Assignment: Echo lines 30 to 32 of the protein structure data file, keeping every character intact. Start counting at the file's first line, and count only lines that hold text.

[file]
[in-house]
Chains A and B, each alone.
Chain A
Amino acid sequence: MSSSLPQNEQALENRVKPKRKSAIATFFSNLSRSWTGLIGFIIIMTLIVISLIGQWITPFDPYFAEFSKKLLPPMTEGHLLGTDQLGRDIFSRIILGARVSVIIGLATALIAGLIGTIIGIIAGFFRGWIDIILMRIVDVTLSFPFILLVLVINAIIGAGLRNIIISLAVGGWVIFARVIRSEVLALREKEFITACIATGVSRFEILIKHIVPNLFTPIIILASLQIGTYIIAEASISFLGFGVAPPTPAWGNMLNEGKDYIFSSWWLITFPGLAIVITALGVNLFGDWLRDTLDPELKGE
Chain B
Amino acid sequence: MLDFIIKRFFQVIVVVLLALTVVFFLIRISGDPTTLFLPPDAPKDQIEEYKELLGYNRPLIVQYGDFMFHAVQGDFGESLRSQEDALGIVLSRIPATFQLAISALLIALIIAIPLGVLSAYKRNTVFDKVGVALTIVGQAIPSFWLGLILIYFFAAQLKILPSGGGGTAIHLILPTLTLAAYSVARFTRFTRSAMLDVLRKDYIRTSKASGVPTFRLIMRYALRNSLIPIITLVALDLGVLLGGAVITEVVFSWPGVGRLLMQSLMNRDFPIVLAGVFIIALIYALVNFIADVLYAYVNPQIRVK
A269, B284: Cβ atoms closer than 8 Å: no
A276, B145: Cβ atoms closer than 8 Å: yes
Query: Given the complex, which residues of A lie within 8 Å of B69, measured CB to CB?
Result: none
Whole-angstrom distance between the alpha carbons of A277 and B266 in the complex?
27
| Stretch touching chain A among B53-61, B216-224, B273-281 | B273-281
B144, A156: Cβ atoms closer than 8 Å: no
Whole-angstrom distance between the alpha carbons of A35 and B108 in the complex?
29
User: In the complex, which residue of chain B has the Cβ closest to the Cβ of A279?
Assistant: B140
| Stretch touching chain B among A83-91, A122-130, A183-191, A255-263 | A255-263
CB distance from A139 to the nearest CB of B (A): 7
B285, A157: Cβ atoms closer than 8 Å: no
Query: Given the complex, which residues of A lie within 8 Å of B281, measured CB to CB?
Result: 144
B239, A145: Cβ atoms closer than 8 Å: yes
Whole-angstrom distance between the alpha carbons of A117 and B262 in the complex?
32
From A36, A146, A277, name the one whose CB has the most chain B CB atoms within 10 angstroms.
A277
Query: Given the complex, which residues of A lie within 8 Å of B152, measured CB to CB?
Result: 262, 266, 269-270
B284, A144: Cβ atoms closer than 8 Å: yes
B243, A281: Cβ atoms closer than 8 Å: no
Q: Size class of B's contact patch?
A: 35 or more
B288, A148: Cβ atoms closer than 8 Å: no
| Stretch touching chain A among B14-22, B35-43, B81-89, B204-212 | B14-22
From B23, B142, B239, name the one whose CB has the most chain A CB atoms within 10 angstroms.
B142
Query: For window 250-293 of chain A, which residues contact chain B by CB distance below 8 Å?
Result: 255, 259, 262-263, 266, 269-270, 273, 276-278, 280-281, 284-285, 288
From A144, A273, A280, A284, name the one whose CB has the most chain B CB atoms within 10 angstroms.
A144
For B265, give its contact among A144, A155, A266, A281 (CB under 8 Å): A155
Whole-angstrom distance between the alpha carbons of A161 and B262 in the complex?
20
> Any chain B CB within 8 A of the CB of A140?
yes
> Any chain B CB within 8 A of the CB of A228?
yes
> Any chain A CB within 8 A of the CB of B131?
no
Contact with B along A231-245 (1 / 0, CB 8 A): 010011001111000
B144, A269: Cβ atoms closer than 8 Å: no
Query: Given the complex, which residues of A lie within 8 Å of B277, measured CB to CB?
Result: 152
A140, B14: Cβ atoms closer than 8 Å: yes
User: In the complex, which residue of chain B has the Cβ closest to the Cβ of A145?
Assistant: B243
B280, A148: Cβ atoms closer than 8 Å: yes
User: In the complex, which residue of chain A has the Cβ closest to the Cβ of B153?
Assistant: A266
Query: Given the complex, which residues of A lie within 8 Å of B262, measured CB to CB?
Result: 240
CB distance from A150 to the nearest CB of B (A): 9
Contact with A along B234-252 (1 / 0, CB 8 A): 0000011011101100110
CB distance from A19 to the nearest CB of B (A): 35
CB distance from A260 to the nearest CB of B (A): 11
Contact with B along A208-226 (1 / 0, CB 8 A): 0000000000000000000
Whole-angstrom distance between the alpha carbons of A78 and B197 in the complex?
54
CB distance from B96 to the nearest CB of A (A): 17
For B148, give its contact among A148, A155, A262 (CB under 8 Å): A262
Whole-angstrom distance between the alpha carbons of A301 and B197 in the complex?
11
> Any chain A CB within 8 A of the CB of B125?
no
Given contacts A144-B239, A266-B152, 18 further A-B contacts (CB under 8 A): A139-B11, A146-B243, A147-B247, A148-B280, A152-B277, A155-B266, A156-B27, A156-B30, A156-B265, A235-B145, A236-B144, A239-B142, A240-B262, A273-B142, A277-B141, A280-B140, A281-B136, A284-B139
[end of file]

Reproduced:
Result: 262, 266, 269-270
B284, A144: Cβ atoms closer than 8 Å: yes
B243, A281: Cβ atoms closer than 8 Å: no